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Dollarization accelerates

Dollarization accelerates
Dollarization accelerates

The world disputes the role of the dollar as an international reserve currency and yet Argentina advances with currency competitiona new way to dollarize the country.

Cavallo, the shadow advisor

Javier Milei and its officials began to show signs of changes in their economic policy. They express the need to go towards a positive real interest rate and reducing the PAIS tax to finally be able to lift the exchange rate, in line with what was suggested by the IMF itself. The ultimate goal seems to be to have a “currency competition” scheme in our economy. They propose to return to a failed model like that of the 90s, and that is why it is no coincidence that one of the defenders of that idea is Domingo Cavallo.

The former Minister of Economy recently pointed out in his blog the steps that he believes the government should follow to achieve the famous coin competition. Among them are the lliberalization of the financial market, sanction money laundering and authorize banks to receive deposits in dollars with the same ease and prerogatives as deposits in pesos.

But The famous currency competition is nothing more than the consolidation of the de facto dollarization of our economy. Let’s be honest: if the dollar achieved its hegemony after establishing itself as an international reserve currency after the United States won World War II, how could one expect the Argentine peso to be able to compete with such a hegemon? He only closes the idea with the President’s already expressed will: destroy the State and the national currency, and impose a new form of dollarization.

Blend to lose weight

The first thing we have to remember is that Milei started his government by turning on the blender: he dedicated himself to destroying peso deposits. He accelerated inflation with a megadevaluation and lowered the interest rate seeking to reduce the demand for pesos. The destruction of the value of our national currency (from the reduction of interest rates) is a way of translating the “liquefaction” that Milei alluded to as an economic plan. If saving in pesos is severely punished, going towards the dollar will always be a good option. Dollarizing or going towards a free choice of currencies scheme, a more elegant name, remains the ultimate goal of this government. A measure that institutionalizes the bi-monetarism of our economy, making its reversal even more difficult.

From Latin American structuralism, the scarcity of foreign currency has historically been highlighted as an obstacle to industrialization. Argentina’s dependence on its agricultural exports, which do not generate enough dollars to support sustained industrial growth, has led to the chronic state of foreign exchange deficit. However, the current problem goes beyond the real economy and delves into the financialization of the economy. External debt and capital flight have exacerbated this situation, consolidating an economy in which dollars are the currency of choice for the accumulation of wealth and carrying out important transactions, such as the purchase of real estate and currently also cars, mainly used.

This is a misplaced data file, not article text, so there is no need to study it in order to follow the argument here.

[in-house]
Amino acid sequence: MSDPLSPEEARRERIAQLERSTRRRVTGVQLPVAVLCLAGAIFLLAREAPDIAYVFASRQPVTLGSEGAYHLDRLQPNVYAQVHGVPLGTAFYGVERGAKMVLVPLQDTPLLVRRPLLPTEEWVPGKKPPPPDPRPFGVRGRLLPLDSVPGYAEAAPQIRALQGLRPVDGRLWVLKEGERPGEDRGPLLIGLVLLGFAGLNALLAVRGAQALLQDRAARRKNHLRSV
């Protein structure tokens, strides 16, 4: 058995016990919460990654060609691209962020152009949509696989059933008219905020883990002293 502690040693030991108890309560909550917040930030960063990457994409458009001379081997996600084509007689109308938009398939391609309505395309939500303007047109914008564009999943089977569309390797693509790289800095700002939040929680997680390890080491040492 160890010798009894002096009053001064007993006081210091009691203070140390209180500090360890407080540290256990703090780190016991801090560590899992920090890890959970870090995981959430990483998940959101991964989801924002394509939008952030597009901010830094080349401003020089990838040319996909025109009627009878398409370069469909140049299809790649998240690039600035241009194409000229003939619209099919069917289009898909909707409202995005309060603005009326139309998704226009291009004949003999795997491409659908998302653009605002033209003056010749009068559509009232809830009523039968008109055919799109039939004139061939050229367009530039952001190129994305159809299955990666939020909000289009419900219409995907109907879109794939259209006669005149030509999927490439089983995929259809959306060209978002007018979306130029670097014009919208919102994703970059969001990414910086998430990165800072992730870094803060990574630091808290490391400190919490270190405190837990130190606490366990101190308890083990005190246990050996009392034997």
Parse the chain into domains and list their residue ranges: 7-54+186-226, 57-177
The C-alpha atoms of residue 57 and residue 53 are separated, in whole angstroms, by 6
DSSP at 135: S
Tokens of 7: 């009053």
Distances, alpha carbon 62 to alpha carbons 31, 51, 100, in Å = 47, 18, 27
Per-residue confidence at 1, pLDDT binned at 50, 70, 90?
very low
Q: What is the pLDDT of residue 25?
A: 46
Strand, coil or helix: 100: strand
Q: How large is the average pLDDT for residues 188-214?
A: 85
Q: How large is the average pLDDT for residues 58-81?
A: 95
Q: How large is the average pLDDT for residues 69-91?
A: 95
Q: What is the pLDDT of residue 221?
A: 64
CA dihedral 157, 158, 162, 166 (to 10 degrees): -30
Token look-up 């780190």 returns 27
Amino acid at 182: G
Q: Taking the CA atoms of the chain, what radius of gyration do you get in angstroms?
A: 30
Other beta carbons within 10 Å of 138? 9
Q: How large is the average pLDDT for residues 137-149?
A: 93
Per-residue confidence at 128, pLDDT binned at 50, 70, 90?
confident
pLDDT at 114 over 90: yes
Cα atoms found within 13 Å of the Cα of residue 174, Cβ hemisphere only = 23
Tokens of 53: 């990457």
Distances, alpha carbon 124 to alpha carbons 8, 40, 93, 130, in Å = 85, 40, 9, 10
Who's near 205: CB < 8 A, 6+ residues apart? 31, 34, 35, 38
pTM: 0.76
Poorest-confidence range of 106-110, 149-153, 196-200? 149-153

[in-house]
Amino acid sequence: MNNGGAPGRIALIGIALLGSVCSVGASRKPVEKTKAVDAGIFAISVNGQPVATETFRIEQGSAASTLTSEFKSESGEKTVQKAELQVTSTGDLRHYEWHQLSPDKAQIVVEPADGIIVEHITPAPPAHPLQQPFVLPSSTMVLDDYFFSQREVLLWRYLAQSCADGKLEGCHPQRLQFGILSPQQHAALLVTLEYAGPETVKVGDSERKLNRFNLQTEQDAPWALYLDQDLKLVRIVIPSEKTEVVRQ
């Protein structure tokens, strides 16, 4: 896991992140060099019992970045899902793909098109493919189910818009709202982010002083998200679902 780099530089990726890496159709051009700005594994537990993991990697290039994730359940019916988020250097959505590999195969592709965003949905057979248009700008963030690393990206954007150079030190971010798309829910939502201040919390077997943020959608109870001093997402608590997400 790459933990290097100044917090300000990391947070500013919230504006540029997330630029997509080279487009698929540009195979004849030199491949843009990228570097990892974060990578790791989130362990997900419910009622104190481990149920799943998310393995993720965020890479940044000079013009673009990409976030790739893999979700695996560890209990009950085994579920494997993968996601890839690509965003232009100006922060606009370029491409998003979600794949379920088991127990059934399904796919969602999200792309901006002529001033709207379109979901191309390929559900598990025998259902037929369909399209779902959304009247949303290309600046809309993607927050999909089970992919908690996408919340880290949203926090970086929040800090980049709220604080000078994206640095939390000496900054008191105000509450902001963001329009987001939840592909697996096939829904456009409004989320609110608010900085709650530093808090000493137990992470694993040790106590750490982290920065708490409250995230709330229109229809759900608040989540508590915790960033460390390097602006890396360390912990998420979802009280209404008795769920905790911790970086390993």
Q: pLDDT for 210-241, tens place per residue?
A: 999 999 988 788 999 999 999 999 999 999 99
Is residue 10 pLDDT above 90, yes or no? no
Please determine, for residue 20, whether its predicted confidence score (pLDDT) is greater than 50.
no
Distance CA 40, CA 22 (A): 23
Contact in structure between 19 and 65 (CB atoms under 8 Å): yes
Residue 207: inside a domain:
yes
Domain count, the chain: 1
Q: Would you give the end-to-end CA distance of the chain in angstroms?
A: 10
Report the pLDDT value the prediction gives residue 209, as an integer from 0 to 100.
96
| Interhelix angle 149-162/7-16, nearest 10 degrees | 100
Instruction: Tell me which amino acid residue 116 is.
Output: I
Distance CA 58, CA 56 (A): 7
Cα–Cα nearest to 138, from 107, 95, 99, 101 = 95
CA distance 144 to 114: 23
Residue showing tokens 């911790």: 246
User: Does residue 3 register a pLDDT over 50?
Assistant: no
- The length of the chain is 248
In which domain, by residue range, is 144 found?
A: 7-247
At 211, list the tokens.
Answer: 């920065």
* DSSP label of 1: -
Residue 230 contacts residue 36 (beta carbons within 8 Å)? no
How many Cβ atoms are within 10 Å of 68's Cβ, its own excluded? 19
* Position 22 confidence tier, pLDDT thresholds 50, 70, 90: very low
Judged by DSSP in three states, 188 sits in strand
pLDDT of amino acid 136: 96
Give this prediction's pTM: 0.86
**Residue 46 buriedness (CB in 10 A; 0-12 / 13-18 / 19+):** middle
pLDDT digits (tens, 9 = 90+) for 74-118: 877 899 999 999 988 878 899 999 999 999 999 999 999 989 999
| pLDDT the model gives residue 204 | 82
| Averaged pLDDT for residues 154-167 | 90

Convertibility reloaded

Convertibility is the model that Milei seeks to repeat. An experience that in its last expression, the 90s, temporarily stabilized inflation but also led the country to the destruction of a large part of its productive fabric with very bad consequences on employment and poverty. A fixed and appreciated exchange rate, such as that produced by dollarization, does not automatically guarantee greater competitiveness or salary improvements. On the contrary, it could aggravate inequality and limit the country’s ability to manage its economic policy autonomously.

In short, total dollarization could mean the definitive loss of Argentina’s monetary sovereignty, tying its economic destiny to the fluctuations of a currency that it does not control. Instead of looking for easy solutions that could mortgage the country’s future, it is essential that Argentina addresses its structural problems, strengthening its currency and its economy through comprehensive policies that encourage investment, savings and sustainable development. Only in this way can you build a future where the Argentine peso is a currency of trust and stability.

Economic policy must focus on resolving the underlying issue: the lack of confidence in the peso and the need for an economic model that allows sustainable and equitable development. This includes strengthening financial institutions, implementing responsible fiscal policies, and fostering a favorable investment environment. History shows that simplistic solutions, such as the “chainsaw and blender” plan coupled with coin competition, can have serious and long-lasting consequences. Therefore, it is crucial that Argentina makes informed and strategic decisions to ensure a prosperous and autonomous future.

Economist, Director of Banco Ciudad

Source: Ambito

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